Client Fingerprinting via Analysis of Browser Scripting Environment
During a Web Application Penetration Test, it is important to test the security of the clients that are interacting with the application. Although not all Web Application Penetration Testing engagements include this activity, when it is performed it is essential to properly identify the client that is being exploited. Beyond simply identifying the browser, it is also important to identify the operating system (O/S) before attempting to manipulate or exploit the client. An accurate assessment of the characteristics of the client allows for the execution of optimized scripts and/or executing a few exploits instead of executing all of the available exploits and hoping the client does not notice or crash.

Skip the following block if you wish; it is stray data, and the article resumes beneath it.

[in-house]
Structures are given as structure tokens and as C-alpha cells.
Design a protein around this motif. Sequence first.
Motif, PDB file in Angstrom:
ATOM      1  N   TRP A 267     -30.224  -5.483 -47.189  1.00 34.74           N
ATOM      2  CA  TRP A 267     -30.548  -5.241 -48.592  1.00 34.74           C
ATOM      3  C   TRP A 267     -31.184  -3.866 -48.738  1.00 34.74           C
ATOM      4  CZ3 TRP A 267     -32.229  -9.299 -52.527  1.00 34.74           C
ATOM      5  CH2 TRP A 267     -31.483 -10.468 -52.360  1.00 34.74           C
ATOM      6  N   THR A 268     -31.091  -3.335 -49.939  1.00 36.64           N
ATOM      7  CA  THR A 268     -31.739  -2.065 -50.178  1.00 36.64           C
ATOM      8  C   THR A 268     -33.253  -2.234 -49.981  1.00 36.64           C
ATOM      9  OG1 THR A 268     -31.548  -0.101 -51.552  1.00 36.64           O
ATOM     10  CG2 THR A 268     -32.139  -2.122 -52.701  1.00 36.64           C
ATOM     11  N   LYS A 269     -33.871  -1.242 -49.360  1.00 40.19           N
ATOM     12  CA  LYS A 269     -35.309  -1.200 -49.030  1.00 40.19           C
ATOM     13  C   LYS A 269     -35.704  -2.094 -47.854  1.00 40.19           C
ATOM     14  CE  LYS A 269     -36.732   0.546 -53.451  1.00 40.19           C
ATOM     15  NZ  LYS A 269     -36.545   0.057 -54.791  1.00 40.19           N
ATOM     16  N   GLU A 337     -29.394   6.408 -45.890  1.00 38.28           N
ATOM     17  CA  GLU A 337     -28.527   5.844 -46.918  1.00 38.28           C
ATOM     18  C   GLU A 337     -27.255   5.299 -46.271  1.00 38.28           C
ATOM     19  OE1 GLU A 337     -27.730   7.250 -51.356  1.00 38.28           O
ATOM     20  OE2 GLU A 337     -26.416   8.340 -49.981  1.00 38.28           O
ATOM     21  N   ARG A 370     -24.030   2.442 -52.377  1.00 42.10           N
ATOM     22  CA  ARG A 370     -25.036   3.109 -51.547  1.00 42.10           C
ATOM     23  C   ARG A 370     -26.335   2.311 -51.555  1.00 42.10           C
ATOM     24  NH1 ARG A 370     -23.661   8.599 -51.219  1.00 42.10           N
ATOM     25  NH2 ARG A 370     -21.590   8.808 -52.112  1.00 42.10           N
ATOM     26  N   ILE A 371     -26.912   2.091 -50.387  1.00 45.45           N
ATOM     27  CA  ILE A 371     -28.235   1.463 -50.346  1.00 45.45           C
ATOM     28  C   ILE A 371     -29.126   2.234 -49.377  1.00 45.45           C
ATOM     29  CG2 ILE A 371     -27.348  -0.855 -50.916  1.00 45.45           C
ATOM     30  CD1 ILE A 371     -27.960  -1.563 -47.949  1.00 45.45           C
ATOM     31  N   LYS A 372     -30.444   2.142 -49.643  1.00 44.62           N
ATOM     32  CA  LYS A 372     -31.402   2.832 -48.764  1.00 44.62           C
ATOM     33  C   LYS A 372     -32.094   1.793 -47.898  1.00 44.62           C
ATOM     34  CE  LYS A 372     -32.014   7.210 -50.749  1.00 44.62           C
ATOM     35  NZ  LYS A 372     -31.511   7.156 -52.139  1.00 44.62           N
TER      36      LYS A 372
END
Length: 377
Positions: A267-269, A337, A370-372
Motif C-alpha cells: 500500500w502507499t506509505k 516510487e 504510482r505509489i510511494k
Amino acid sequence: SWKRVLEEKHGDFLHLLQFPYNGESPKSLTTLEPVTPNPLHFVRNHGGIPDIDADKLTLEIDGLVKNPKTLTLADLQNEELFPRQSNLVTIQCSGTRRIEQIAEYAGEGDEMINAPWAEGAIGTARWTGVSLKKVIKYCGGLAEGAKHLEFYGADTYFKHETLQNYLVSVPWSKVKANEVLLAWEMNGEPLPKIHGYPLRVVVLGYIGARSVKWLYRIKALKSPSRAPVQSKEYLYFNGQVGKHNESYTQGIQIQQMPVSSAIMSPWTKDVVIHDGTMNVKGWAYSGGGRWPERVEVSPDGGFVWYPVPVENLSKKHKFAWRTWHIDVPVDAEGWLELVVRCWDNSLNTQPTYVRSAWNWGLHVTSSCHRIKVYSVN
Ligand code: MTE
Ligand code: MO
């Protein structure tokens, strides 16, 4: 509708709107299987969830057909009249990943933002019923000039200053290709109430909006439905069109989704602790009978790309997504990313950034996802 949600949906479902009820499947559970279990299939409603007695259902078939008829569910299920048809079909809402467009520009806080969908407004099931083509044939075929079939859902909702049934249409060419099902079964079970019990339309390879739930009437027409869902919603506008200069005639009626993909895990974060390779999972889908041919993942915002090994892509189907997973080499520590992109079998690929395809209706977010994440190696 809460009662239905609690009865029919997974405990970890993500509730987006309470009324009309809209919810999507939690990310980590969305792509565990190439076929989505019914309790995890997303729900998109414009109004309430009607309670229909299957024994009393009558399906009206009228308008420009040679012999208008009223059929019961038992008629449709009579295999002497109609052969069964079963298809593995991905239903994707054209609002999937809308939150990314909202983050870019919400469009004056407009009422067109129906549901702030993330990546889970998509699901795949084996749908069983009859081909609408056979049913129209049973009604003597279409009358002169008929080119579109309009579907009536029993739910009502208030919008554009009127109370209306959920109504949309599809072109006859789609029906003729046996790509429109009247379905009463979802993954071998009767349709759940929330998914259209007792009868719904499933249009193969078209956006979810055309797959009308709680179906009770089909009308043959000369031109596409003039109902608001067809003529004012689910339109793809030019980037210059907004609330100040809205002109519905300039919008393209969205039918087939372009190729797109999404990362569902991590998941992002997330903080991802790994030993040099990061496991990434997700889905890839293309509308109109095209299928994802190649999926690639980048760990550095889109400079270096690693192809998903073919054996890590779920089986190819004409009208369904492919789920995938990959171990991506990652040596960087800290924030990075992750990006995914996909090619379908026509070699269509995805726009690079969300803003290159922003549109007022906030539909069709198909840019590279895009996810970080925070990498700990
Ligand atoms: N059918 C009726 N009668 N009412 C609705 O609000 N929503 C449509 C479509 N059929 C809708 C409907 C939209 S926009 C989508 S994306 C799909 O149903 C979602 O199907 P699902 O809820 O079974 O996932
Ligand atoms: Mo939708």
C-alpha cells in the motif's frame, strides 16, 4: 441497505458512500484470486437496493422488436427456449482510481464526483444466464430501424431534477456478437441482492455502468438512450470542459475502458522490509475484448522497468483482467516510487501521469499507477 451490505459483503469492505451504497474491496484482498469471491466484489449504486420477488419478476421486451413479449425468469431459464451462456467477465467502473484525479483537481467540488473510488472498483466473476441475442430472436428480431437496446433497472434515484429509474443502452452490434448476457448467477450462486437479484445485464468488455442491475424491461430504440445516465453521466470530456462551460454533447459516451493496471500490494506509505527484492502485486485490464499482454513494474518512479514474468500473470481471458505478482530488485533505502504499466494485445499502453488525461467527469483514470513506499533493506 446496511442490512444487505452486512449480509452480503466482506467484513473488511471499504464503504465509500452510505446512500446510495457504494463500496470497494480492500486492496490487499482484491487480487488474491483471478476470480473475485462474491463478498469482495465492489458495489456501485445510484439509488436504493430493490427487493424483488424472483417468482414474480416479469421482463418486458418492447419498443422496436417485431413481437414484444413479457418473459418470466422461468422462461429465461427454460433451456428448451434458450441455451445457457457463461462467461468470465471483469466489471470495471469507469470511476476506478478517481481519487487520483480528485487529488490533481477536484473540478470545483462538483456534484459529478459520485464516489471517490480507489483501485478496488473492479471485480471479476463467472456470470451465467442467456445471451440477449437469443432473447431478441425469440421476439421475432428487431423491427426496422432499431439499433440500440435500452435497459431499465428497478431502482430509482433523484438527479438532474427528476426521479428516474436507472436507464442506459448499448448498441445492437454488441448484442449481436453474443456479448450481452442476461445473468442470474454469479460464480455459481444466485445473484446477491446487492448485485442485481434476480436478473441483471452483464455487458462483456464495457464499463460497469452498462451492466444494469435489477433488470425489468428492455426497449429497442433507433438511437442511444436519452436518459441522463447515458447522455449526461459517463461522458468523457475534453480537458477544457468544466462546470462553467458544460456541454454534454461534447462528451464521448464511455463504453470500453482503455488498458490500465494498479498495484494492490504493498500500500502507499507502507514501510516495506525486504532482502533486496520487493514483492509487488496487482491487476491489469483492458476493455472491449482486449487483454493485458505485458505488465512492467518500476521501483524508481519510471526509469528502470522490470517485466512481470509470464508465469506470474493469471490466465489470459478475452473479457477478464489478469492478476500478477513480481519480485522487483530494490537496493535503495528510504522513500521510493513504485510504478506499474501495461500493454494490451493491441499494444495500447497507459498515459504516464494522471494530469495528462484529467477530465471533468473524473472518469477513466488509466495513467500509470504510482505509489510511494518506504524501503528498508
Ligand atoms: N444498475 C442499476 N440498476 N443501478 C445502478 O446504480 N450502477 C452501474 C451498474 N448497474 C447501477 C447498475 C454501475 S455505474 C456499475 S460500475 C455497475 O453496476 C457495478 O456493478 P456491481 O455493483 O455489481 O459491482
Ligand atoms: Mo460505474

Browser fingerprinting techniques commonly use the User Agent string to determine the client that is interacting with a web site, but all of the major browsers offer various methods for changing this variable. Some browsers allow the User Agent to be configured via the registry or via a configuration option while some browsers have plug- ins which allows a large number of environment variables to be manipulated. The User Agent string is only one of a large number of environment objects and methods which can be used to determine the type of browser.